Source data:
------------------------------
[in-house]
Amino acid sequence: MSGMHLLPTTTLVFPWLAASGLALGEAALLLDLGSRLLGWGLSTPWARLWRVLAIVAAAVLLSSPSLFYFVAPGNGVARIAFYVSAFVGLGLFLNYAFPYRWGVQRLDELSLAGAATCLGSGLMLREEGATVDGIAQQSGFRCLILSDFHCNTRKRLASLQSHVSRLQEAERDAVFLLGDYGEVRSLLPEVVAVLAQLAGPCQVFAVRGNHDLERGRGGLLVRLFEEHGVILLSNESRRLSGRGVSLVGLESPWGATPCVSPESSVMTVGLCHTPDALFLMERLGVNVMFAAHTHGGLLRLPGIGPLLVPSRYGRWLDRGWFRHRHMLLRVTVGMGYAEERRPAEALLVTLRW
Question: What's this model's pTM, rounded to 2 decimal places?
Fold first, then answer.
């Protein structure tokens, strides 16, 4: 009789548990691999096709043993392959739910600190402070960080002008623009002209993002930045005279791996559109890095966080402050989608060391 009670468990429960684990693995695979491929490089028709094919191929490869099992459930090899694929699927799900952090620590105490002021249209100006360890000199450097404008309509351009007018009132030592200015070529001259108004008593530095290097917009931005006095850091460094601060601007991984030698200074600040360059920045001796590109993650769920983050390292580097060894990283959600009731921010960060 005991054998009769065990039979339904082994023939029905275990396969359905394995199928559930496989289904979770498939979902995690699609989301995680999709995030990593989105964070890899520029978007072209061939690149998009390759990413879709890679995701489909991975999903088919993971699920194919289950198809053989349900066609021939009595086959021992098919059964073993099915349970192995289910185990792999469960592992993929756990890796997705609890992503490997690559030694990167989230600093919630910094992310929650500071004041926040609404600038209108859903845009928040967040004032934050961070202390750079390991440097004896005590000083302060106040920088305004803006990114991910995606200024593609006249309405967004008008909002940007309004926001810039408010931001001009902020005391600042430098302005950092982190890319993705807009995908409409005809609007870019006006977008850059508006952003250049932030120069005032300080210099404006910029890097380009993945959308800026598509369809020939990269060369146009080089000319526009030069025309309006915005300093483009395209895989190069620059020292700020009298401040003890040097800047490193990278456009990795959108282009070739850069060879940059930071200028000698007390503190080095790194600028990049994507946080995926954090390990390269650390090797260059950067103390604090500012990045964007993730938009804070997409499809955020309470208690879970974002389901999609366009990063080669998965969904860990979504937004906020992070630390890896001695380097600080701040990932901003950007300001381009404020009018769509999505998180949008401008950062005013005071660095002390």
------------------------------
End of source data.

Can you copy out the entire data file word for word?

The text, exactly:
[in-house]
Amino acid sequence: MSGMHLLPTTTLVFPWLAASGLALGEAALLLDLGSRLLGWGLSTPWARLWRVLAIVAAAVLLSSPSLFYFVAPGNGVARIAFYVSAFVGLGLFLNYAFPYRWGVQRLDELSLAGAATCLGSGLMLREEGATVDGIAQQSGFRCLILSDFHCNTRKRLASLQSHVSRLQEAERDAVFLLGDYGEVRSLLPEVVAVLAQLAGPCQVFAVRGNHDLERGRGGLLVRLFEEHGVILLSNESRRLSGRGVSLVGLESPWGATPCVSPESSVMTVGLCHTPDALFLMERLGVNVMFAAHTHGGLLRLPGIGPLLVPSRYGRWLDRGWFRHRHMLLRVTVGMGYAEERRPAEALLVTLRW
Question: What's this model's pTM, rounded to 2 decimal places?
Fold first, then answer.
């Protein structure tokens, strides 16, 4: 009789548990691999096709043993392959739910600190402070960080002008623009002209993002930045005279791996559109890095966080402050989608060391 009670468990429960684990693995695979491929490089028709094919191929490869099992459930090899694929699927799900952090620590105490002021249209100006360890000199450097404008309509351009007018009132030592200015070529001259108004008593530095290097917009931005006095850091460094601060601007991984030698200074600040360059920045001796590109993650769920983050390292580097060894990283959600009731921010960060 005991054998009769065990039979339904082994023939029905275990396969359905394995199928559930496989289904979770498939979902995690699609989301995680999709995030990593989105964070890899520029978007072209061939690149998009390759990413879709890679995701489909991975999903088919993971699920194919289950198809053989349900066609021939009595086959021992098919059964073993099915349970192995289910185990792999469960592992993929756990890796997705609890992503490997690559030694990167989230600093919630910094992310929650500071004041926040609404600038209108859903845009928040967040004032934050961070202390750079390991440097004896005590000083302060106040920088305004803006990114991910995606200024593609006249309405967004008008909002940007309004926001810039408010931001001009902020005391600042430098302005950092982190890319993705807009995908409409005809609007870019006006977008850059508006952003250049932030120069005032300080210099404006910029890097380009993945959308800026598509369809020939990269060369146009080089000319526009030069025309309006915005300093483009395209895989190069620059020292700020009298401040003890040097800047490193990278456009990795959108282009070739850069060879940059930071200028000698007390503190080095790194600028990049994507946080995926954090390990390269650390090797260059950067103390604090500012990045964007993730938009804070997409499809955020309470208690879970974002389901999609366009990063080669998965969904860990979504937004906020992070630390890896001695380097600080701040990932901003950007300001381009404020009018769509999505998180949008401008950062005013005071660095002390």